Update: We initially received incorrect information about the victim’s age, which we’ve now updated.
Seattle police are investigating a third-grader’s claim that she was assaulted at her South Seattle elementary school after she caught an 11-year-old boy and another 12-year-old girl doing “something nasty” in a locker room—which the school may have failed to report to police.
According to a police report, shortly after the 9-year-old victim was dropped off at South Shore K-8 on April 6th for a track practice, school security cameras captured a 12-year-old girl entering a locker room at the school, followed by an 11-year-old boy, and another boy who is 12 or 13 years old.
Surveillance footage shows the 12-year-old girl was alone in the locker room with at least one of the boys for four minutes, before the victim in the assault “is shown creeping into the locker room, only to be followed out into the hallway” by the other girl.
Outside of the locker room, the report says, the 12-year-old girl struck the 9-year-old victim several times—twice in the head and once in the stomach—knocking her to the ground.
The 12-year-old then held the victim on the ground and, the report says, began yelling at her, although surveillance footage did not capture audio from the incident.
It appears the 9-year-old victim is a student at the school, but it’s not clear whether the other children attend South Shore.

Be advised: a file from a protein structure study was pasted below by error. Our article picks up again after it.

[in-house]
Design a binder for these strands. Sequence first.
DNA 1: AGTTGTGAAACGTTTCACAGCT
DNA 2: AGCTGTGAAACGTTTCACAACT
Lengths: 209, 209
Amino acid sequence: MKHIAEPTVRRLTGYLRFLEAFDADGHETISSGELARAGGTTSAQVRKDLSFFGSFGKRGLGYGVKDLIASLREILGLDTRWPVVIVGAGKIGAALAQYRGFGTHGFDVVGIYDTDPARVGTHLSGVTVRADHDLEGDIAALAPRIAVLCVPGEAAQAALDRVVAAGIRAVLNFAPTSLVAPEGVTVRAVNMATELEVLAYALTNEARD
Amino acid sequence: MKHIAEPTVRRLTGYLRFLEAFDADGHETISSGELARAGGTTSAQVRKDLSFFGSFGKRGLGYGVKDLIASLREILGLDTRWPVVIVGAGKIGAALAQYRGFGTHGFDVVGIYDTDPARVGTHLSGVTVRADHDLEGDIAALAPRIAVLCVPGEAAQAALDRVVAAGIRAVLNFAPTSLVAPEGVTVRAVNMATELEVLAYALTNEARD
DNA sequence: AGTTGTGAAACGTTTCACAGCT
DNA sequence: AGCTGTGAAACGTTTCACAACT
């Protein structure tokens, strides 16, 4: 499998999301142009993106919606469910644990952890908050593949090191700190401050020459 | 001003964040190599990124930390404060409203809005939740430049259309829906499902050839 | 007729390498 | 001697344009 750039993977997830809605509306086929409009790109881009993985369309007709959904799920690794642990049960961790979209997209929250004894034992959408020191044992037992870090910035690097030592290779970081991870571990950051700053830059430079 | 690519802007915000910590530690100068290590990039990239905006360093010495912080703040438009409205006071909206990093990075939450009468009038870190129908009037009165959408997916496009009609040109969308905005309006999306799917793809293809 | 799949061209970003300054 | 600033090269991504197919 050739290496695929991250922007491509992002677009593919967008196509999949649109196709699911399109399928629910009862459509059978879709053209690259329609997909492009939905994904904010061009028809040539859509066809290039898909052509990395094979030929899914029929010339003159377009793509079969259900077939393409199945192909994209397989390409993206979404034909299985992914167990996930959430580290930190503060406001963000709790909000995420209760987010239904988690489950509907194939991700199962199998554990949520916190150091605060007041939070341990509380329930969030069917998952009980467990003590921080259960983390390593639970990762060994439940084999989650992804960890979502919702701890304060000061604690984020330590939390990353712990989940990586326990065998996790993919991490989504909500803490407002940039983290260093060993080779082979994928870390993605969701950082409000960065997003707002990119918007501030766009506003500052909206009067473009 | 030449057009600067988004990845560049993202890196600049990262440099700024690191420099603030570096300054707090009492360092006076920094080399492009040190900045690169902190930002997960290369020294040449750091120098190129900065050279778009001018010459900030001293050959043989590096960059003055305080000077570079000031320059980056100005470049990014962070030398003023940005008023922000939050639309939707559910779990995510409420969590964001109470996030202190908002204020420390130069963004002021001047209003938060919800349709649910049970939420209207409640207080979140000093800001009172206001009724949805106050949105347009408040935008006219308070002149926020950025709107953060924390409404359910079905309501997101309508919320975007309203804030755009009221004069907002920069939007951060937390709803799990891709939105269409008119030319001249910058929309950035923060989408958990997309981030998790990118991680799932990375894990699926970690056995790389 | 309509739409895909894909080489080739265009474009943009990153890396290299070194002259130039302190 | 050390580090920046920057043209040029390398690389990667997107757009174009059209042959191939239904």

In the days following the incident, the victim’s mother noticed that her daughter was “acting peculiar” at home, the report says. “After a few days had passed, [the victim] told her mother that she had seen [the 12-year-old girl] doing ‘something nasty’ with a boy in the locker room at South Shore Elementary School.”
According to the report, the victim told her mother the other 12-year-old “was angry at her for interrupting her with the boy, which is why she assaulted her.”
The girl’s mother called police and reported the incident on April 12th.
When police contacted staff at South Shore later that day, they told officers “a teacher at the school…was investigating the matter on the school’s behalf.”
It’s not entirely clear when the school learned of the incident, but according to Seattle Police Department spokeswoman Renee Witt, schools “are mandatory reporters,” and “would have a duty to report something like this.”
A Seattle school district spokeswoman could not immediately be reached Tuesday afternoon to address whether the school had failed to contact police, or comment on why staff may have failed to report the incident.
According to the report, school staff showed officers the surveillance tape and provided the names of the boys involved in the incident, but had not provided police with a copy of the footage at the time of the report.
Last week, the school district announced South Shore would be closed for the rest of the year due a mysterious odor which has sickened students and teachers at the school.